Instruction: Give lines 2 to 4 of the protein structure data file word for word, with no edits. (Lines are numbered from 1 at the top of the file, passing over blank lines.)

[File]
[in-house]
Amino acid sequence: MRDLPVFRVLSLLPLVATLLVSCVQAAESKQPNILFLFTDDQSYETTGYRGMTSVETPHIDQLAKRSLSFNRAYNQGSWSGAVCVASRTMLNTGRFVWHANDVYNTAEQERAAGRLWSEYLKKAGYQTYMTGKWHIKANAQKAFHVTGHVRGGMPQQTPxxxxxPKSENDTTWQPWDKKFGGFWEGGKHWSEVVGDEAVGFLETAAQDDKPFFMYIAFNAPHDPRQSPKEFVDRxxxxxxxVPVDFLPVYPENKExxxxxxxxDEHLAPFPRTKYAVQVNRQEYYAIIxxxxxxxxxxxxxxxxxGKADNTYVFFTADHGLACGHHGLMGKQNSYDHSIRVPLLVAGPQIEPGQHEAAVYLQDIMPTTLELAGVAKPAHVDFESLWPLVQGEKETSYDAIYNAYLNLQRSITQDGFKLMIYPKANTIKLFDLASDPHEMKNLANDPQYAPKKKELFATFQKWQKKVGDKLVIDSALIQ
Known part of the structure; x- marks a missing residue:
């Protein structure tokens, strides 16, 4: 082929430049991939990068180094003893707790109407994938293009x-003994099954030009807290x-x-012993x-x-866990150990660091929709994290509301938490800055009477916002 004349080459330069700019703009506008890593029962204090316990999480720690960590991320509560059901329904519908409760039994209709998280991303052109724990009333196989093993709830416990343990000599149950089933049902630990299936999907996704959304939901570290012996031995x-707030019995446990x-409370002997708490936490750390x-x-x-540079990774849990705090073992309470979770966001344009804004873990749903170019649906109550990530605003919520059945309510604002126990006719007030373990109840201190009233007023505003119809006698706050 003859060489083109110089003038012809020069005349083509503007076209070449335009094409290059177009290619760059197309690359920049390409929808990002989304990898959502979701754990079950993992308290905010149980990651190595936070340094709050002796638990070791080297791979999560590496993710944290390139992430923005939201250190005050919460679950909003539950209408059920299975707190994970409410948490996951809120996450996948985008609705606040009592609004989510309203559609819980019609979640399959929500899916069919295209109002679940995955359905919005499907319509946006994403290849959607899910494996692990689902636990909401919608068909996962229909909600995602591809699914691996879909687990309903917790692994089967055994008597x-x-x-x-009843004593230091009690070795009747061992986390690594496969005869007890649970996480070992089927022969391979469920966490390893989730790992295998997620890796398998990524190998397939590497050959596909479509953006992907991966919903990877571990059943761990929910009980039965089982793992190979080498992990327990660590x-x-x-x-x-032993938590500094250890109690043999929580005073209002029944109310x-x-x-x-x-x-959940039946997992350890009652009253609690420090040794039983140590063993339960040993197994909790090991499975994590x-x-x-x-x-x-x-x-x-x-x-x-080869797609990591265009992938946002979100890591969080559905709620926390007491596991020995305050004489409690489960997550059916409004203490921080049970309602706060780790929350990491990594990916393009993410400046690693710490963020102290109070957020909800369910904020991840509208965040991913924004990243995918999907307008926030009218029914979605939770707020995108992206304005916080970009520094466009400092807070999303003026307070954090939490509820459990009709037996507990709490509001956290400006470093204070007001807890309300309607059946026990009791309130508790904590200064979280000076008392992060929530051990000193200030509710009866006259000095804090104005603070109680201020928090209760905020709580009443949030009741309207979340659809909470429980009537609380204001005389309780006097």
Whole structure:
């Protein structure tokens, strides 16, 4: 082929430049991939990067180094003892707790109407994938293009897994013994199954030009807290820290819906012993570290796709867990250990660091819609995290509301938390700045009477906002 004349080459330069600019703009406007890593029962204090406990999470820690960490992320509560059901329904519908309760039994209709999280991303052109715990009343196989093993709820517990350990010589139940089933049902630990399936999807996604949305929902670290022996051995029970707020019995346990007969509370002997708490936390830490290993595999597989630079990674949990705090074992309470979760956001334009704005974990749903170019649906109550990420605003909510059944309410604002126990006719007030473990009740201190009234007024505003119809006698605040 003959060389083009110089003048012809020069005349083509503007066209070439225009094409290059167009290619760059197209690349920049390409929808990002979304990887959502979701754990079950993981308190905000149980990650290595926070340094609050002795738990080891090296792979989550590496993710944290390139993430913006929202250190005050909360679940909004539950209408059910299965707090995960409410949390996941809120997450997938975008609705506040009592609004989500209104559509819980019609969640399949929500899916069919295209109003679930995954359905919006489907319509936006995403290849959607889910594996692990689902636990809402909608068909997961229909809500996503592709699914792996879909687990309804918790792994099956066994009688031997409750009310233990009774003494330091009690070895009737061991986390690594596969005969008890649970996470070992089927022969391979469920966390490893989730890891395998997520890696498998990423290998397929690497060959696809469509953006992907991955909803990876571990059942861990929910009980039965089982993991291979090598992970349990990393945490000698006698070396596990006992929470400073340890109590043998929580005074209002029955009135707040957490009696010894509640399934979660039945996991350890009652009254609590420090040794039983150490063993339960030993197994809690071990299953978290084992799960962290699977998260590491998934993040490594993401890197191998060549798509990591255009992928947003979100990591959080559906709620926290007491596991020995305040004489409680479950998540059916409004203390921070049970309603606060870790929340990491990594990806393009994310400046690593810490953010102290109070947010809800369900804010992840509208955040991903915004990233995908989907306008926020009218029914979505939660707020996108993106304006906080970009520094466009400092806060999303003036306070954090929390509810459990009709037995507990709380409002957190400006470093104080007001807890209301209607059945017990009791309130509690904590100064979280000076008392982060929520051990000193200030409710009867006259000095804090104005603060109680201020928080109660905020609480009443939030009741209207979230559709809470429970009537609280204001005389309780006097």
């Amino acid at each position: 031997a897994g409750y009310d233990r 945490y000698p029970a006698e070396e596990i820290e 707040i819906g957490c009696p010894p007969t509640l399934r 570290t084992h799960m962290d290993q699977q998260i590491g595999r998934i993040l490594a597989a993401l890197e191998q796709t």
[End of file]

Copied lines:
Amino acid sequence: MRDLPVFRVLSLLPLVATLLVSCVQAAESKQPNILFLFTDDQSYETTGYRGMTSVETPHIDQLAKRSLSFNRAYNQGSWSGAVCVASRTMLNTGRFVWHANDVYNTAEQERAAGRLWSEYLKKAGYQTYMTGKWHIKANAQKAFHVTGHVRGGMPQQTPxxxxxPKSENDTTWQPWDKKFGGFWEGGKHWSEVVGDEAVGFLETAAQDDKPFFMYIAFNAPHDPRQSPKEFVDRxxxxxxxVPVDFLPVYPENKExxxxxxxxDEHLAPFPRTKYAVQVNRQEYYAIIxxxxxxxxxxxxxxxxxGKADNTYVFFTADHGLACGHHGLMGKQNSYDHSIRVPLLVAGPQIEPGQHEAAVYLQDIMPTTLELAGVAKPAHVDFESLWPLVQGEKETSYDAIYNAYLNLQRSITQDGFKLMIYPKANTIKLFDLASDPHEMKNLANDPQYAPKKKELFATFQKWQKKVGDKLVIDSALIQ
Known part of the structure; x- marks a missing residue:
């Protein structure tokens, strides 16, 4: 082929430049991939990068180094003893707790109407994938293009x-003994099954030009807290x-x-012993x-x-866990150990660091929709994290509301938490800055009477916002 004349080459330069700019703009506008890593029962204090316990999480720690960590991320509560059901329904519908409760039994209709998280991303052109724990009333196989093993709830416990343990000599149950089933049902630990299936999907996704959304939901570290012996031995x-707030019995446990x-409370002997708490936490750390x-x-x-540079990774849990705090073992309470979770966001344009804004873990749903170019649906109550990530605003919520059945309510604002126990006719007030373990109840201190009233007023505003119809006698706050 003859060489083109110089003038012809020069005349083509503007076209070449335009094409290059177009290619760059197309690359920049390409929808990002989304990898959502979701754990079950993992308290905010149980990651190595936070340094709050002796638990070791080297791979999560590496993710944290390139992430923005939201250190005050919460679950909003539950209408059920299975707190994970409410948490996951809120996450996948985008609705606040009592609004989510309203559609819980019609979640399959929500899916069919295209109002679940995955359905919005499907319509946006994403290849959607899910494996692990689902636990909401919608068909996962229909909600995602591809699914691996879909687990309903917790692994089967055994008597x-x-x-x-009843004593230091009690070795009747061992986390690594496969005869007890649970996480070992089927022969391979469920966490390893989730790992295998997620890796398998990524190998397939590497050959596909479509953006992907991966919903990877571990059943761990929910009980039965089982793992190979080498992990327990660590x-x-x-x-x-032993938590500094250890109690043999929580005073209002029944109310x-x-x-x-x-x-959940039946997992350890009652009253609690420090040794039983140590063993339960040993197994909790090991499975994590x-x-x-x-x-x-x-x-x-x-x-x-080869797609990591265009992938946002979100890591969080559905709620926390007491596991020995305050004489409690489960997550059916409004203490921080049970309602706060780790929350990491990594990916393009993410400046690693710490963020102290109070957020909800369910904020991840509208965040991913924004990243995918999907307008926030009218029914979605939770707020995108992206304005916080970009520094466009400092807070999303003026307070954090939490509820459990009709037996507990709490509001956290400006470093204070007001807890309300309607059946026990009791309130508790904590200064979280000076008392992060929530051990000193200030509710009866006259000095804090104005603070109680201020928090209760905020709580009443949030009741309207979340659809909470429980009537609380204001005389309780006097």